To place the grooves that the magnets will sit in, we need to make some guides. The grooves will be half of the thickness of the wood, or 3/8″ and they will be 1/2″ thick, twice the thickness of the 1/4″ magnets. Use the Tape Measure tool to make the guide. In the tool, first click on the bottom or top edge of the shape. Drag up (or down) and type 3/8 or .375 to place the line. It should place be a dotted line on the front face halfway between top and bottom. On the front edge of the block, make a guide that is 2 1/4″ from either end. To locate the other side of the groove, measure from these vertical guides towards the middle of the block 1/2″ and place another guideline. Next, use the Line drawing tool that looks like a pencil to draw in the three lines of the groove. Once the lines are in place, you can use the Push/Pull tool to remove the material of the groove. When the file is complete, save it as BaseWithGrooves.skp.

The next two parts are easy to make in Sketchup. The upright is 3 3/4 square and 3/4″ thick. When you make the rectangle to start the part, put the coordinates in as 3 3/4, 3/4. This will save you from having to rotate it later. Use the Push/Pull tool to extrude it up to 3 3/4. Save this file as Upright.skp. To make the mirror, use the same process. Make the rectangle with the measurements of 3 3/4, 1/8 and then push it up to 3 3/4. Save this file as Mirror.skp.

Assemble the Parts
Now you have three parts that you have designed. To put them together, you create a new file that you will save as BaseAssembly.skp. Go to the File menu and choose Import. Bring in the first part you made, BaseWithGrooves.skp. Place the part at the origin of the three axes. It should snap into place at the origin. While the part is selected, you can go to the Edit menu and Lock the component. This will keep it from moving around later.

Next, you bring in the Upright.skp. Go to the File menu and choose Import. Then find the part. If you also place this part at the origin, you can move it into place with the move tool. You can also eyeball its placement, but let’s go for accuracy. Use the Orbit tool to move the view around so you are looking at the origin. You can roll the scroll wheel on the mouse to zoom in and out, or you can use the Zoom tool by pushing down on the scroll wheel with your middle finger and movign the mouse. Click on the upright component with the Move tool, it should have a blue box around it. Select the bottom corner closest to the origin of the axes. Move it up on the Blue axis a bit and type in 3/4. This should place it on the top of the BaseWithGrooves part.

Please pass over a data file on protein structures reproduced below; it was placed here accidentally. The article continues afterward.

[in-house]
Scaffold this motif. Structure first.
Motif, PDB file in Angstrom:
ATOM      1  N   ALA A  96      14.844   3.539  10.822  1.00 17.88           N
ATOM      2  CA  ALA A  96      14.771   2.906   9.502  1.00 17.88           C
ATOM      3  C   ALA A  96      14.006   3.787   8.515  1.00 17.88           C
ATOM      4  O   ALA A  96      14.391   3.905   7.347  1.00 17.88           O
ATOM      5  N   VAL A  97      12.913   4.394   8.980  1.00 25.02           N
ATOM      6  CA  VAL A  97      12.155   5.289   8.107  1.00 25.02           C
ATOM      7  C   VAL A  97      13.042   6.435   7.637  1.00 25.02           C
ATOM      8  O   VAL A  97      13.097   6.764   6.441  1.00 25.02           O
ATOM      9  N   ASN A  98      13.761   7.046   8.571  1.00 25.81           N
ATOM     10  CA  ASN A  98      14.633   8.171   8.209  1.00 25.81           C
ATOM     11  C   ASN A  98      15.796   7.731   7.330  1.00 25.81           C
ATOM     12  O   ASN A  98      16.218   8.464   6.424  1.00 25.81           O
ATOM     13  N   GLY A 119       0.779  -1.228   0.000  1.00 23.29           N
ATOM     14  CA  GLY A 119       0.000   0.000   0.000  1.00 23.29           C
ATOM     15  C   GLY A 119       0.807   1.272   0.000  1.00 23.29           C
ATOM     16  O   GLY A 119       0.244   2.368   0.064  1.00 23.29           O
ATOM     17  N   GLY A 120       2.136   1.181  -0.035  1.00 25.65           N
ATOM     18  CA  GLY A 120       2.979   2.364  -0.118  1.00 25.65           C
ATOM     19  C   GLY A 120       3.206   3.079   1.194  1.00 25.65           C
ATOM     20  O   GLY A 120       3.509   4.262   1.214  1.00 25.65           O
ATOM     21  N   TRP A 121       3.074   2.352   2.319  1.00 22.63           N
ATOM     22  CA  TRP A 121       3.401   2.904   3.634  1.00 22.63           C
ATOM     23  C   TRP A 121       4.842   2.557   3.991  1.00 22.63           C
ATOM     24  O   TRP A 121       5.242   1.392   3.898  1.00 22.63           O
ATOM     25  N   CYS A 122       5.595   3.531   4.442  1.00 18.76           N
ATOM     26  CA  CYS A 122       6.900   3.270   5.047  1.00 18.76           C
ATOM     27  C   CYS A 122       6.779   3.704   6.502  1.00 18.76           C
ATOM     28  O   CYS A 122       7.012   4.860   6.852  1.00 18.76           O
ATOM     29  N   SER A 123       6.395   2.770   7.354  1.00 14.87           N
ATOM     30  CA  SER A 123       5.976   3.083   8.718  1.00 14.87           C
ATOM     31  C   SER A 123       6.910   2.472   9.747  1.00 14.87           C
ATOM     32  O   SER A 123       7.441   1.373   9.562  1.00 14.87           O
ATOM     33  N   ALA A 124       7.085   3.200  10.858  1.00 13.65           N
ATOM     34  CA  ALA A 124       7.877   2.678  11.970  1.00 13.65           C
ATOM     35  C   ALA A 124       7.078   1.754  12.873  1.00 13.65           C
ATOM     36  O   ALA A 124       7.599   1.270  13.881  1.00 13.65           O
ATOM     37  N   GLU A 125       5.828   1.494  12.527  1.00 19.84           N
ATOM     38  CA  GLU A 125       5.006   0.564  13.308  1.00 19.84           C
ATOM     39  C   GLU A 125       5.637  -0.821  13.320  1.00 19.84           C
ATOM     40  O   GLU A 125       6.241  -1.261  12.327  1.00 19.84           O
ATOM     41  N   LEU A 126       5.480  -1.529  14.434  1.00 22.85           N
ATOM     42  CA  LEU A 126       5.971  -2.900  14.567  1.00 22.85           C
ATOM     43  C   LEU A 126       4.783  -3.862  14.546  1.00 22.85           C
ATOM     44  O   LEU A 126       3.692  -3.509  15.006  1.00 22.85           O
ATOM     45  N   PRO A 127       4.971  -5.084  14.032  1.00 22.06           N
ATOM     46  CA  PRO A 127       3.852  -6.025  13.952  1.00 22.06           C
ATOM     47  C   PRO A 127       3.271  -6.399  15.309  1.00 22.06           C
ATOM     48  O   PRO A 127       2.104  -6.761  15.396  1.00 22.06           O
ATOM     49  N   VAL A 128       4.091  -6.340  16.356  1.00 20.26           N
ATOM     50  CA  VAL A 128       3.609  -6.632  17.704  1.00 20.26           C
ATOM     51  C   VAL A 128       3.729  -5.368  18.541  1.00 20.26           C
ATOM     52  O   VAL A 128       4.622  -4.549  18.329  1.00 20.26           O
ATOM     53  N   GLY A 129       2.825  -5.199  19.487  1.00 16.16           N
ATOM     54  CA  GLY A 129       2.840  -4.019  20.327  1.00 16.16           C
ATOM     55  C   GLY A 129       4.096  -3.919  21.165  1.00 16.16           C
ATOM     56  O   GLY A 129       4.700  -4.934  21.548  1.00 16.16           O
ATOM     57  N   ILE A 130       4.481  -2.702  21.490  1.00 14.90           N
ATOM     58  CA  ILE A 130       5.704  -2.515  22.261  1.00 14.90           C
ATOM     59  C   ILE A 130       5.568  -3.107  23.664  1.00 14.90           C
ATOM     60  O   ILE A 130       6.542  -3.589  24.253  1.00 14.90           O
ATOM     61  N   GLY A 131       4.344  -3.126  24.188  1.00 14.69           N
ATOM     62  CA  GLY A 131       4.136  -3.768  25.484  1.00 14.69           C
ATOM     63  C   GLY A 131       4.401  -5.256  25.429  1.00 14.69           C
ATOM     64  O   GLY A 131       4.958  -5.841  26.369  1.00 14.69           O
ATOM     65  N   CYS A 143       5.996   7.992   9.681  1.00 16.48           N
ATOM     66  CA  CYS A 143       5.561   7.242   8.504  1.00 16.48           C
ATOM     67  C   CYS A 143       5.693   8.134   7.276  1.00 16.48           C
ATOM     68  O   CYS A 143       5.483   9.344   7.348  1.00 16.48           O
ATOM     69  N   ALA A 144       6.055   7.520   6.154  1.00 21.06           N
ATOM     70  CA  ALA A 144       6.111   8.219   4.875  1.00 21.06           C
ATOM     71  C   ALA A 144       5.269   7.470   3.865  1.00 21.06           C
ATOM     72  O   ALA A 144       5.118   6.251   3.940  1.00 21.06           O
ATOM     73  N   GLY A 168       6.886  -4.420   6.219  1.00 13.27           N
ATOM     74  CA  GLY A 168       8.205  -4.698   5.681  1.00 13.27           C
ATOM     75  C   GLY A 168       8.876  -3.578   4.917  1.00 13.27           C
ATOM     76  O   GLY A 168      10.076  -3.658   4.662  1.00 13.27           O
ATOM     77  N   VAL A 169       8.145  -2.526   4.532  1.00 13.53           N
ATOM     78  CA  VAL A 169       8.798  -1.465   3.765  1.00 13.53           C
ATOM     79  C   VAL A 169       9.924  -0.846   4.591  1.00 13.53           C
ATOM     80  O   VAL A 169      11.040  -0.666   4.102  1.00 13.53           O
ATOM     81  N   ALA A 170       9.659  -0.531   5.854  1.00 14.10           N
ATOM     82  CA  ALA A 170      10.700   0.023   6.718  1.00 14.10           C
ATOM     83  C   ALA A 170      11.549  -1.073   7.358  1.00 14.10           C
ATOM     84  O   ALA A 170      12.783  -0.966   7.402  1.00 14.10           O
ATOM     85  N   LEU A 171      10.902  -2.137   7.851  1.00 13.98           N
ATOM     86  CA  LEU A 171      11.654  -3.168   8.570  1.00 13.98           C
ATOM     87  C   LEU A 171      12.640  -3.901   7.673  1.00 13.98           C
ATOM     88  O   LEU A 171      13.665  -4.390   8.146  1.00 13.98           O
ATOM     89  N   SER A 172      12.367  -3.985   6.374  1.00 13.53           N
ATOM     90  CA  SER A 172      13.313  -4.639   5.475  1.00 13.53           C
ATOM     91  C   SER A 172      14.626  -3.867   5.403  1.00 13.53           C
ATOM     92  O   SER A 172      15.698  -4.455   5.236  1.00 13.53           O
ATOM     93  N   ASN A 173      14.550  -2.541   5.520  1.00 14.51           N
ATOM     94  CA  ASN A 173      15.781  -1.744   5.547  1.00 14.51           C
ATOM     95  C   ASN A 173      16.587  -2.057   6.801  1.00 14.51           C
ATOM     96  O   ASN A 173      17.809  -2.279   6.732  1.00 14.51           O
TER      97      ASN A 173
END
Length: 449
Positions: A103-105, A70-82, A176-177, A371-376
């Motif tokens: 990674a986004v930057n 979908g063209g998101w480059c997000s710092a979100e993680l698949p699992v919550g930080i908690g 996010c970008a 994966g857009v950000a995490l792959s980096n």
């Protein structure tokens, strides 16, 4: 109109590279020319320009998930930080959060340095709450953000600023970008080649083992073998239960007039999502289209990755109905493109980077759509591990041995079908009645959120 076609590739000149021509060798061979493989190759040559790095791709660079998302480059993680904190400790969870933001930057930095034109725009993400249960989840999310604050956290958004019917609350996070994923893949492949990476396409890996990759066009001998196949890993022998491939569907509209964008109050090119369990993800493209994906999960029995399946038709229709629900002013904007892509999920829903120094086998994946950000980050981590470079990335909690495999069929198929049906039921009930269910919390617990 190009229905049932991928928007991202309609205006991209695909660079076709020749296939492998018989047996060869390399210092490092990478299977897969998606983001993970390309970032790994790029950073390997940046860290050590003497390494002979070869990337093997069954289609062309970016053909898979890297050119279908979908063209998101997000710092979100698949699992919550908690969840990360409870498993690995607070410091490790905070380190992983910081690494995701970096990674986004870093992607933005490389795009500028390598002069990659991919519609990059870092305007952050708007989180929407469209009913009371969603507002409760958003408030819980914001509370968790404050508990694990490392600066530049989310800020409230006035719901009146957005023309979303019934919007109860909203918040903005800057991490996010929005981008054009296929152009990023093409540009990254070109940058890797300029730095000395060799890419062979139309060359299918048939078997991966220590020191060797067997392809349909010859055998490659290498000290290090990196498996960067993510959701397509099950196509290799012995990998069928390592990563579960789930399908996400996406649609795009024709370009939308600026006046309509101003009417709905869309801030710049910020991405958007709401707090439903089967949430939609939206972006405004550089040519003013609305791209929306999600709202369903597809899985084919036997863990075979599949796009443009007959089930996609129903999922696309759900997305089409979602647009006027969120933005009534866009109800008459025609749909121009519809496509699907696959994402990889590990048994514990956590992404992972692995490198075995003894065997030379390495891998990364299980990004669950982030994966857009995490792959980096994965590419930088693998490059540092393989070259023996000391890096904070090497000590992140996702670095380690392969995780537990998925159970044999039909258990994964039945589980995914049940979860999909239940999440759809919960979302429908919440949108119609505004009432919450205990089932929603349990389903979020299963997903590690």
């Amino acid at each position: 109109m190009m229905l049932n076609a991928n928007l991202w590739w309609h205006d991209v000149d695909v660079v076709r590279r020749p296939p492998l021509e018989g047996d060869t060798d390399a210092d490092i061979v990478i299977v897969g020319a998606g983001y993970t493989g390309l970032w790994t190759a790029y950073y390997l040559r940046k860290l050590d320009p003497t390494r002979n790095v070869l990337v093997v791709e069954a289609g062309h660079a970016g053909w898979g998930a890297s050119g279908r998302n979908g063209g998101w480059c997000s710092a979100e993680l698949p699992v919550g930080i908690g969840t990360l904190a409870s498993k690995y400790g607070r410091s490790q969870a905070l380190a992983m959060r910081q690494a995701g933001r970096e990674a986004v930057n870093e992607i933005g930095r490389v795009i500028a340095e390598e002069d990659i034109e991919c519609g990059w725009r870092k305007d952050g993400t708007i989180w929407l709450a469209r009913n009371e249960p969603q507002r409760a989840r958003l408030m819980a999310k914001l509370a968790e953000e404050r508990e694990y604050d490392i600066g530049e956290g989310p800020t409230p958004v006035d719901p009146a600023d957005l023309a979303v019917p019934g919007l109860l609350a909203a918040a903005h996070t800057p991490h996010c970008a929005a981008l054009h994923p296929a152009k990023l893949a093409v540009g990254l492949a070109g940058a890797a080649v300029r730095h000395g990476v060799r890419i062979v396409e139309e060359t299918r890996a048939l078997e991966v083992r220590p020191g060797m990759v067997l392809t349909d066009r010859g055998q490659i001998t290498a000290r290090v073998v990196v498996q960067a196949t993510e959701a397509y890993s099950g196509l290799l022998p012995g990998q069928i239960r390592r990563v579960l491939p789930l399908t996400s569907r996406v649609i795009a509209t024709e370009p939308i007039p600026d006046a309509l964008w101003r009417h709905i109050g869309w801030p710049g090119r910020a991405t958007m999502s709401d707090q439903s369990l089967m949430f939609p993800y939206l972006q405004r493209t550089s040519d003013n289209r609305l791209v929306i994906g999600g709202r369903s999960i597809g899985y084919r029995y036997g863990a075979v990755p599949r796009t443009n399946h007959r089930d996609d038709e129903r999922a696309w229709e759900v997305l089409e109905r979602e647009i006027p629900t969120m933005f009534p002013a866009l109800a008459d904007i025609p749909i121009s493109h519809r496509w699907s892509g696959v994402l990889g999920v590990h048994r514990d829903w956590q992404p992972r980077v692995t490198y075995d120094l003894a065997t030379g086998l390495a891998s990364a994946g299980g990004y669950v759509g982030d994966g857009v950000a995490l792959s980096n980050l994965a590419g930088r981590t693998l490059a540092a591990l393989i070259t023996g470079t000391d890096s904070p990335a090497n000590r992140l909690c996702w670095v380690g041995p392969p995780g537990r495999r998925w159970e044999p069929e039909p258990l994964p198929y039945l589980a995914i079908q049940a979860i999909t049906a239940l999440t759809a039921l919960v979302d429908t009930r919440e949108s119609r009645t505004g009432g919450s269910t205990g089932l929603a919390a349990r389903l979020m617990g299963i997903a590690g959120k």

To place the Mirror.skp part, do the same thing. Import the part and place it at the origin. Move it up 3/4″ and then move it along the Red axis 3/4″ It should be now placed on top of the BaseWithGrooves and alongside the Mirror part. Save the file.

You can also do some neat visual styling of the parts by selecting them and using the paint bucket tool to color them. If you want to color one face different from the others, you will need to select the part, then go to the Edit menu and choose Explode. This will allow you to change the part, even paint the faces different colors and more.

The Mendocino Motor is a great project, it’s a magnetically levitating, solar powered electric motor. As students build the motor, they can learn about designing with CAD, measuring, cutting, winding an electric motor, soldering, working with solar panels to generate electricity and the troubleshooting process. It is not a quick one, but rather a long form project that will help you and your students create a neat device while building useful skills.

From MAKE magazine:

9780596800901 2T Designing in SketchUp

Want to know how to build a hydrogen rocket? How about a laser light show in a lunchbox? Or a simple remote-controlled videocam car? Or maybe you want to go old-school and build a wooden mini sailboat or toy car launcher? All this and tons more, plus revealing photos of Adam Savage’s maker childhood, can all be found in MAKE, Volume 20, “For Kids of All Ages.” Get your individual copy in the Maker Shed, or subscribe now.

Chris Connors

Making things is the best way to learn about our world.